Born in the U.S. and grew up in Taiwan, I was raised in an “ultra serious” family where our dinner conversations always centered around “heavy” topics such as the spirit of the May Fourth Movement in modern China, or my grandparents’ hard-lived experiences of constant flights during the Chinese civil war. Naturally, I was infused with the belief that the meaning of one’s existence is to “save the country” or “serve the people”.
But college was a time when many things “fell brilliantly apart”, as professors and peers from diverse backgrounds came to challenge my previous teachings or beliefs. I discovered that I no longer needed to attach myself to a particular “country” or “people”; rather, as a global citizen/nomad, I could aim to “serve the people” across many national, cultural, and value-system boundaries.
As such, much of my adulthood is spent on both the physical and mental act of “boundary crossing”. Academically, I crossed the “disciplinary boundary” and immersed happily in the study of social science and humanities – earning a BA degree in Political Science and East Asian Studies from the University of Pennsylvania, followed by a PhD degree in East Asian Languages and Civilizations from Harvard University. At the start of my career, I crossed the “academic/educator boundary” and made the deliberate choice to pursue the path of a teaching faculty in Greater China. During my 3 years at Shanghai Jiaotong University and 7 years in the Hong Kong University of Science and Technology (HKUST), I taught courses on modern China and East Asia with a comparative perspective. My “Identity Goes Global” course won the HKUST Common Core Course Excellence Award in 2014; I also became the sole HKUST nominee for the UGC Teaching Award (Early Career Faculty Members) in 2016.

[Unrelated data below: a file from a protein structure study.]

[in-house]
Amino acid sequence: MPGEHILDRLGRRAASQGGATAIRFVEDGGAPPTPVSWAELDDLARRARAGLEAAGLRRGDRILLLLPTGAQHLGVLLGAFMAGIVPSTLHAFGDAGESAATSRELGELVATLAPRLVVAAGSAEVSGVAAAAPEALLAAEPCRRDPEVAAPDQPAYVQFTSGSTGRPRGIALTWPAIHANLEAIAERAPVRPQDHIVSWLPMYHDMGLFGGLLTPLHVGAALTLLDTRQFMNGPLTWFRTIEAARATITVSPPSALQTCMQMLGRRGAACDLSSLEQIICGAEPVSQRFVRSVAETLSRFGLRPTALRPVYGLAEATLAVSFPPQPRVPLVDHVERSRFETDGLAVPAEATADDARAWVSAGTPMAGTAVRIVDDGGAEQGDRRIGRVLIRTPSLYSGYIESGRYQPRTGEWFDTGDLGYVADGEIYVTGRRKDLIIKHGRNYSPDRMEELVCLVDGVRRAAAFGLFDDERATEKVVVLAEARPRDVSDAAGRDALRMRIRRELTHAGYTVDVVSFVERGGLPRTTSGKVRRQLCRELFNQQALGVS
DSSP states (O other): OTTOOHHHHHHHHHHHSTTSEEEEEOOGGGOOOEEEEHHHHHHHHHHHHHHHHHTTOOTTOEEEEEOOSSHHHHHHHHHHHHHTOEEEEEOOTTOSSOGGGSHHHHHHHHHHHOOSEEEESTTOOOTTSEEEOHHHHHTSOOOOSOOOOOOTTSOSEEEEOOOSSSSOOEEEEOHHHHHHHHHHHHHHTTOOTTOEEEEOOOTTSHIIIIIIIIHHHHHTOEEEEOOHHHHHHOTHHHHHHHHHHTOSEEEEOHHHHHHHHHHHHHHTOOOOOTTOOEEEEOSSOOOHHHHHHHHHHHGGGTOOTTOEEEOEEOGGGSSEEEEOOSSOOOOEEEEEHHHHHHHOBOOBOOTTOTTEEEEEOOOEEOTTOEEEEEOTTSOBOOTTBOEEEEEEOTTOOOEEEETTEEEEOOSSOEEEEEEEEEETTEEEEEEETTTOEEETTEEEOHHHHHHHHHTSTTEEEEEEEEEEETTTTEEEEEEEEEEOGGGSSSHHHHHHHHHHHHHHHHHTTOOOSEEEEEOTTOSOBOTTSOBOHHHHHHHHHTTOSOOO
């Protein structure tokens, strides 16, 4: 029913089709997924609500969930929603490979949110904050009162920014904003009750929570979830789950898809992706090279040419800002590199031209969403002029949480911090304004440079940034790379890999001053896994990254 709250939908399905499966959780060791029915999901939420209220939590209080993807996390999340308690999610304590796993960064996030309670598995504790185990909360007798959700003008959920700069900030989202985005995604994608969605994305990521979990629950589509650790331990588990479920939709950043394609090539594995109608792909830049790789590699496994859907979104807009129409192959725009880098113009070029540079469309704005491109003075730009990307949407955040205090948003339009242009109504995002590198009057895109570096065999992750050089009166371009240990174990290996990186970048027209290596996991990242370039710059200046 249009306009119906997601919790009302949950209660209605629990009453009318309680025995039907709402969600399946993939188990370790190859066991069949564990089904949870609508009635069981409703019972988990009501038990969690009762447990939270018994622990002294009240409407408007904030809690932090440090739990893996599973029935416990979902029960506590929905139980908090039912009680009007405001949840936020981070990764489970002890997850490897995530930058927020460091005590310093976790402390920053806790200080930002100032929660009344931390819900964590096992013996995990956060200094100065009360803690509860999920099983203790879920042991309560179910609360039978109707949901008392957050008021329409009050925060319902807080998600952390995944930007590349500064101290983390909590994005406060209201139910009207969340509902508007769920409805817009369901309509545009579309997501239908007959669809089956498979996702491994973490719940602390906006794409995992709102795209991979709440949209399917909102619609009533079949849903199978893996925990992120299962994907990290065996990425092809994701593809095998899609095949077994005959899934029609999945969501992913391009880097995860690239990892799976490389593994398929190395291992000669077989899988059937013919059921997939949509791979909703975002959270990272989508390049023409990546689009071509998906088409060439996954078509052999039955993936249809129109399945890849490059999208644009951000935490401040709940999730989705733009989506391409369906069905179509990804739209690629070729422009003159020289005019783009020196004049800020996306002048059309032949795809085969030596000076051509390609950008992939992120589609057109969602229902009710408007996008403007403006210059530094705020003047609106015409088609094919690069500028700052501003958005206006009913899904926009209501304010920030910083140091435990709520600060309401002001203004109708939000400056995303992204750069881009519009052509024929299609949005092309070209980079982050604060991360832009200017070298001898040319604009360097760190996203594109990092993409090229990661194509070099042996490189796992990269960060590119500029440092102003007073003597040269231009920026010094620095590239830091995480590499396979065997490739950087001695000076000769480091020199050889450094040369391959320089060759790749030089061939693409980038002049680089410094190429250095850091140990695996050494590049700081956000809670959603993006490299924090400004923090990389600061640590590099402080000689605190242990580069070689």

Besides teaching, I have crossed the “faculty/administrator boundary” and ventured into student services. I directed several MA programs in China studies with a strong emphasis on student development. I also worked closely with the University Council Members to spearhead a career enhancement program for 1st– and 2nd-year students. As a Residence Master of one of the student halls on campus, I even “enlisted” our family dog Gohan to provide mingling sessions for students as a new wellness initiative!
As a very busy mother of two toddlers, every day I continue to cross the border among the various domains in life – as a professor, administrator, mother, and wife. I can’t say I have mastered the balancing act very well, but I am excited to further this journey in Singapore with the Yale-NUS community!Advice for Students
Before you graduate, make sure you have done some of the following at least ONCE –
• Fall in love (even if it means ending in a breakup)
• Develop friendships that will last for a lifetime
• Enjoy a good, long book from the bottom of your heart
• Have deep conversations about the purpose/meaning of life
• Find the take-home message from a course that will stay with you 10 years down the road
• Serve the college community or beyond in a non-academic capacity
• Take a totally “wacky” course
• Ask someone to be your mentor/life coach
The rest – you’ll realize – won’t matter as much!
I have had 21 postal address change in the past 22 years … I believe I could become a “professional packer” as a second career option!